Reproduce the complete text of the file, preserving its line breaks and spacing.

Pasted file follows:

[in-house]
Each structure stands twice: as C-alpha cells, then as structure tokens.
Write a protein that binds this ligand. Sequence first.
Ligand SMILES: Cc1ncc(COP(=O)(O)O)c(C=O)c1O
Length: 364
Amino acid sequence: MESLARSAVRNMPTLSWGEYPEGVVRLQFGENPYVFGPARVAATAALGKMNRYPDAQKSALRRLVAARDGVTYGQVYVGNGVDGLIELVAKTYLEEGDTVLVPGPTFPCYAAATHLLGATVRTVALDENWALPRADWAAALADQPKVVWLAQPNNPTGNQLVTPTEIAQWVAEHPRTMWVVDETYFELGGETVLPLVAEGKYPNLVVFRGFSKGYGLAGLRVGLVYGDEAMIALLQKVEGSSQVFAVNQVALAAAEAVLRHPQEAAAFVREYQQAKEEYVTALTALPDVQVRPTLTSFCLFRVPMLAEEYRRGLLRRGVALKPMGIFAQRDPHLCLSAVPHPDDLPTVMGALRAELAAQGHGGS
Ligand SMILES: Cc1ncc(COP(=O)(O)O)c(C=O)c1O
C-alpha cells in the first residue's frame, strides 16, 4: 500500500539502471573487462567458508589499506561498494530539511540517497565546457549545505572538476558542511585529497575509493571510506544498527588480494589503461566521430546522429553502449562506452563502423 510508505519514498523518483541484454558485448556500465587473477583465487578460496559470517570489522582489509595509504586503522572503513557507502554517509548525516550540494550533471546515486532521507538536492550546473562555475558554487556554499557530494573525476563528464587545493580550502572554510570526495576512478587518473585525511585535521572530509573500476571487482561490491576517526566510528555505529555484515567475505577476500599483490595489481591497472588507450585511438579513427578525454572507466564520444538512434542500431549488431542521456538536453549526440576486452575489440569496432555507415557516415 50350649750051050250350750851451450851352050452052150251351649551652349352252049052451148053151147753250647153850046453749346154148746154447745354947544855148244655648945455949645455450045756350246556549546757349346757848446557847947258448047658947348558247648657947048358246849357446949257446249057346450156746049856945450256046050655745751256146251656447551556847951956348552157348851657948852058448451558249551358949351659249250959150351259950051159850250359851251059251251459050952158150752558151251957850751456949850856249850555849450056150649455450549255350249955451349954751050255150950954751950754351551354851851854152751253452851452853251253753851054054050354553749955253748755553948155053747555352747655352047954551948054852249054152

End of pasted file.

[in-house]
Each structure stands twice: as C-alpha cells, then as structure tokens.
Write a protein that binds this ligand. Sequence first.
Ligand SMILES: Cc1ncc(COP(=O)(O)O)c(C=O)c1O
Length: 364
Amino acid sequence: MESLARSAVRNMPTLSWGEYPEGVVRLQFGENPYVFGPARVAATAALGKMNRYPDAQKSALRRLVAARDGVTYGQVYVGNGVDGLIELVAKTYLEEGDTVLVPGPTFPCYAAATHLLGATVRTVALDENWALPRADWAAALADQPKVVWLAQPNNPTGNQLVTPTEIAQWVAEHPRTMWVVDETYFELGGETVLPLVAEGKYPNLVVFRGFSKGYGLAGLRVGLVYGDEAMIALLQKVEGSSQVFAVNQVALAAAEAVLRHPQEAAAFVREYQQAKEEYVTALTALPDVQVRPTLTSFCLFRVPMLAEEYRRGLLRRGVALKPMGIFAQRDPHLCLSAVPHPDDLPTVMGALRAELAAQGHGGS
Ligand SMILES: Cc1ncc(COP(=O)(O)O)c(C=O)c1O
C-alpha cells in the first residue's frame, strides 16, 4: 500500500539502471573487462567458508589499506561498494530539511540517497565546457549545505572538476558542511585529497575509493571510506544498527588480494589503461566521430546522429553502449562506452563502423 510508505519514498523518483541484454558485448556500465587473477583465487578460496559470517570489522582489509595509504586503522572503513557507502554517509548525516550540494550533471546515486532521507538536492550546473562555475558554487556554499557530494573525476563528464587545493580550502572554510570526495576512478587518473585525511585535521572530509573500476571487482561490491576517526566510528555505529555484515567475505577476500599483490595489481591497472588507450585511438579513427578525454572507466564520444538512434542500431549488431542521456538536453549526440576486452575489440569496432555507415557516415 50350649750051050250350750851451450851352050452052150251351649551652349352252049052451148053151147753250647153850046453749346154148746154447745354947544855148244655648945455949645455450045756350246556549546757349346757848446557847947258448047658947348558247648657947048358246849357446949257446249057346450156746049856945450256046050655745751256146251656447551556847951956348552157348851657948852058448451558249551358949351659249250959150351259950051159850250359851251059251251459050952158150752558151251957850751456949850856249850555849450056150649455450549255350249955451349954751050255150950954751950754351551354851851854152751253452851452853251253753851054054050354553749955253748755553948155053747555352747655352047954551948054852249054152